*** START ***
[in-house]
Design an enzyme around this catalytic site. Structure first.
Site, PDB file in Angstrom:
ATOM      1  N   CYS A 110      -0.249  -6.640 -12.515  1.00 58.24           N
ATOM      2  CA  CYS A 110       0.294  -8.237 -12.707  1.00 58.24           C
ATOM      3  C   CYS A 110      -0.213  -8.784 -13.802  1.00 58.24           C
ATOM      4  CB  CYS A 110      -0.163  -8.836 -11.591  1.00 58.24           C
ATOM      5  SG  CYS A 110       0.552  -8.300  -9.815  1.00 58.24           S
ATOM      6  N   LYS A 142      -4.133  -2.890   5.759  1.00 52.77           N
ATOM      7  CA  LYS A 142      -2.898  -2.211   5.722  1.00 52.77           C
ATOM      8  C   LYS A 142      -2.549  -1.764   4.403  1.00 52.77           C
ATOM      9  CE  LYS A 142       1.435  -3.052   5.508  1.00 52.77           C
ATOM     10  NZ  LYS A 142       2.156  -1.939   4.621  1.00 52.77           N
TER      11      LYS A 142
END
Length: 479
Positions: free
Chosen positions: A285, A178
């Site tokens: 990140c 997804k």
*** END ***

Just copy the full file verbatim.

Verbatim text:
[in-house]
Design an enzyme around this catalytic site. Structure first.
Site, PDB file in Angstrom:
ATOM      1  N   CYS A 110      -0.249  -6.640 -12.515  1.00 58.24           N
ATOM      2  CA  CYS A 110       0.294  -8.237 -12.707  1.00 58.24           C
ATOM      3  C   CYS A 110      -0.213  -8.784 -13.802  1.00 58.24           C
ATOM      4  CB  CYS A 110      -0.163  -8.836 -11.591  1.00 58.24           C
ATOM      5  SG  CYS A 110       0.552  -8.300  -9.815  1.00 58.24           S
ATOM      6  N   LYS A 142      -4.133  -2.890   5.759  1.00 52.77           N
ATOM      7  CA  LYS A 142      -2.898  -2.211   5.722  1.00 52.77           C
ATOM      8  C   LYS A 142      -2.549  -1.764   4.403  1.00 52.77           C
ATOM      9  CE  LYS A 142       1.435  -3.052   5.508  1.00 52.77           C
ATOM     10  NZ  LYS A 142       2.156  -1.939   4.621  1.00 52.77           N
TER      11      LYS A 142
END
Length: 479
Positions: free
Chosen positions: A285, A178
């Site tokens: 990140c 997804k």